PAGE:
[Neuroscience] Re: Differential Attenutation of EPSPs in Voltage
Clamp vs Current Clamp
(by r_s_norman from comcast.net)
Fri Aug 7 22:28:31 EST 2009
A voltage clamp always acts like a low resistance at that point on the
cell. It is just that when the synapse is far away, it doesn't "see"
the clamp very much so the longitudinal flow of currents down the
dendrite are not much affected. However when the synapse is very
close, then a major portion of synaptic current is shunted through the
clamp and the pattern of longitudinal current is seriously altered.
On Fri, 7 Aug 2009 16:22:30 -0700 (PDT), "Bill.Connelly"
<connelly.bill from gmail.com> wrote:
>Oh, so when the current is generated far away, the voltage clamp kind
>of acts like a lot of open channels, i.e that end of the cable appears
>to have low resistance?
>On Aug 8, 1:33 am, r norman <r_s_nor... from comcast.net> wrote:
>> With voltage clamp, there is essentially a "short circuit" across the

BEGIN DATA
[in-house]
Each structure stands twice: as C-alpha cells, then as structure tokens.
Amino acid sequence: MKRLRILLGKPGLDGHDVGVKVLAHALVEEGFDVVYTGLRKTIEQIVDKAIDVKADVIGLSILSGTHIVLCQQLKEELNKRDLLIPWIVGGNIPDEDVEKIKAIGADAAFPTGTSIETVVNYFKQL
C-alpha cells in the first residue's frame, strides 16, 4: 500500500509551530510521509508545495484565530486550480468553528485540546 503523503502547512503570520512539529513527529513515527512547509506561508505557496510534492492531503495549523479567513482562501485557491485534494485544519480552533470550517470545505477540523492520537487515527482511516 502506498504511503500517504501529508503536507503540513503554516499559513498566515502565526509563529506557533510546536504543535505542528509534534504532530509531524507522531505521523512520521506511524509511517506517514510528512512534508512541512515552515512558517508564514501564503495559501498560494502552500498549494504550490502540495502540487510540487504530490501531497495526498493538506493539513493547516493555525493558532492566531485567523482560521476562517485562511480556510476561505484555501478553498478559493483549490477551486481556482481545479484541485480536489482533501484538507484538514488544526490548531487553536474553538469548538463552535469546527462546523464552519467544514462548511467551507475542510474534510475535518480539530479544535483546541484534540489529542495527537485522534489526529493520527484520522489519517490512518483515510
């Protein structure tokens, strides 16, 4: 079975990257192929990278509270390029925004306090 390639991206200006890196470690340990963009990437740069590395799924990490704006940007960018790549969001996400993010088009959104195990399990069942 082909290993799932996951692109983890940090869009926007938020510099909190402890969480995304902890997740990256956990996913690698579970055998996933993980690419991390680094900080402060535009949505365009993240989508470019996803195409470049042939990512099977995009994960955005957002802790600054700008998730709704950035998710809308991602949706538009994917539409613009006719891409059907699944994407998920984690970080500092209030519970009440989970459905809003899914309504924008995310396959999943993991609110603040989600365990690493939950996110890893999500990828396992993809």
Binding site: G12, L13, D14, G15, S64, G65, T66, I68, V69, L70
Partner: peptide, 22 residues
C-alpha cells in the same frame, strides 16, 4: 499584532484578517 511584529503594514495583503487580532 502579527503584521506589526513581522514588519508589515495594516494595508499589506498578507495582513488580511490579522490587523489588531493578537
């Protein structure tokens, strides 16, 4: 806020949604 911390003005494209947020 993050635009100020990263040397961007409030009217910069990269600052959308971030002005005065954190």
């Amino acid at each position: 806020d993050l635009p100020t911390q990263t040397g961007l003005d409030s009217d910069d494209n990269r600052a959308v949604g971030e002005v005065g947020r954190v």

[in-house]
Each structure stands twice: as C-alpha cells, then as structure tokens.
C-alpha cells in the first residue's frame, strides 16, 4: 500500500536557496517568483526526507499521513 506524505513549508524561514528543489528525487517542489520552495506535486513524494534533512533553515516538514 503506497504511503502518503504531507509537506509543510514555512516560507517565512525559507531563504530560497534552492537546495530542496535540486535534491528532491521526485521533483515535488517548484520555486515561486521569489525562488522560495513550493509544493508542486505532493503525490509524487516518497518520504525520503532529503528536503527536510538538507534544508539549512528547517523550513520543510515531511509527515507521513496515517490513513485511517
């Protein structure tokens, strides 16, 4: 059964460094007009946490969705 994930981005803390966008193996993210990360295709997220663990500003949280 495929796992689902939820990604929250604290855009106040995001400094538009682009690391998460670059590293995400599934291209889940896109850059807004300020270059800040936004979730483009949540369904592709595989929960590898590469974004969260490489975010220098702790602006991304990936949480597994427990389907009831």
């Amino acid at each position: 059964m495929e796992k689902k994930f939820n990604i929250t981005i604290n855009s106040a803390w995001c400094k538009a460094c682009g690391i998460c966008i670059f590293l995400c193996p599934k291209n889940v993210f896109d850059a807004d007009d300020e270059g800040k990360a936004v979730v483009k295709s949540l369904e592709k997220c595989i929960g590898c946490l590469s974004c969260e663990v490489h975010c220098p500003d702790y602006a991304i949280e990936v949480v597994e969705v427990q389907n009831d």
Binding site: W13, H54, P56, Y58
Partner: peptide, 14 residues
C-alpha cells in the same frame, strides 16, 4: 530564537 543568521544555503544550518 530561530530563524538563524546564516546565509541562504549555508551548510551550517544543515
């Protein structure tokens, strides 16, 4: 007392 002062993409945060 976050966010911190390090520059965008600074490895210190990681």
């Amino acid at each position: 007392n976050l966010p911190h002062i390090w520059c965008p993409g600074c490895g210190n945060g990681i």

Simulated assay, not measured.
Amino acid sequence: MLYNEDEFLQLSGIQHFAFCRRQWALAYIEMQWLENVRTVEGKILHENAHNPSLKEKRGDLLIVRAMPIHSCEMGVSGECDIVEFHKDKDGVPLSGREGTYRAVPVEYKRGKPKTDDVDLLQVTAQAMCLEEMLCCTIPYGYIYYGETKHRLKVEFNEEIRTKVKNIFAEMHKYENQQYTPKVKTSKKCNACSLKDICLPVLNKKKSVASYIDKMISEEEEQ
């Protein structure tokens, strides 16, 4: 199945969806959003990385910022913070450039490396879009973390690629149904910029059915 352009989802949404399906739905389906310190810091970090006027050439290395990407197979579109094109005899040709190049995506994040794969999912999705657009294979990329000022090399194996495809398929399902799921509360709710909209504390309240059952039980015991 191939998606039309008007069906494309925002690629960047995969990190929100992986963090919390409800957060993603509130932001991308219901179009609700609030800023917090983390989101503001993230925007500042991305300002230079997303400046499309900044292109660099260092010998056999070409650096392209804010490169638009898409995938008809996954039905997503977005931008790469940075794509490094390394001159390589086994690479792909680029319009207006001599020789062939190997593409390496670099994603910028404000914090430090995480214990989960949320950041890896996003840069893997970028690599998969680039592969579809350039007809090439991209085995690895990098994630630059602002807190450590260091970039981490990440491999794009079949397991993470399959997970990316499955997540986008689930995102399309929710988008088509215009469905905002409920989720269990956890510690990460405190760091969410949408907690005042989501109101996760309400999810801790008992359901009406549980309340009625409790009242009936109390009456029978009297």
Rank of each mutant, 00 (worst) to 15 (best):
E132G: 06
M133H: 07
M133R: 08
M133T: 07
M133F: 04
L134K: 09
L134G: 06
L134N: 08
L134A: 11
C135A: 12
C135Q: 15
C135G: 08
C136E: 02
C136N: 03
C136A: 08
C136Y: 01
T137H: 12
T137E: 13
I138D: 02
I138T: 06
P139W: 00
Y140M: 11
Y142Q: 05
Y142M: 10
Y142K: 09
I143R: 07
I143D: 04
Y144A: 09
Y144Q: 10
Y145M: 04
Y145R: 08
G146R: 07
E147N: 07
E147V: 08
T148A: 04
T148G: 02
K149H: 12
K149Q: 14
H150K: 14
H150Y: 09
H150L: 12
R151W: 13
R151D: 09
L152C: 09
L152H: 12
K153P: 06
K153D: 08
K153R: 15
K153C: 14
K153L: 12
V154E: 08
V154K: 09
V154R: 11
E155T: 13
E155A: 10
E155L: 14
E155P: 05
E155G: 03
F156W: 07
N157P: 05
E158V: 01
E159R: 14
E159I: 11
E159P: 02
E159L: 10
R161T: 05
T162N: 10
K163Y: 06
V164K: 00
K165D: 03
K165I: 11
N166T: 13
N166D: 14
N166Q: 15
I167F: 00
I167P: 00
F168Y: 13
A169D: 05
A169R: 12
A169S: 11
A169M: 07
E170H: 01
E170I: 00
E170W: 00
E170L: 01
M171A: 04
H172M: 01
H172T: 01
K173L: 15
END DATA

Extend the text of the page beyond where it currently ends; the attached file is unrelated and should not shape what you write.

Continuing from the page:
>> cable at the point of the clamp. This causes a rather drastic
>> alteration in the pattern of current flow pattern when the clamp is
>> close to the synapse. However when the clamp is farther down the
>> cable, the current flow near the synapse is virtually unchanged. As a
>> result, when the clamp is near the synapse it "steals" pretty much all
>> the current, far more than would pass that way unclamped. When the
>> clamp is far from the synapse, it only gets what current would
>> normally end up passing that far anyway. Hence an apparent "faster
>> decay with distance" in voltage clamp than unclamped.
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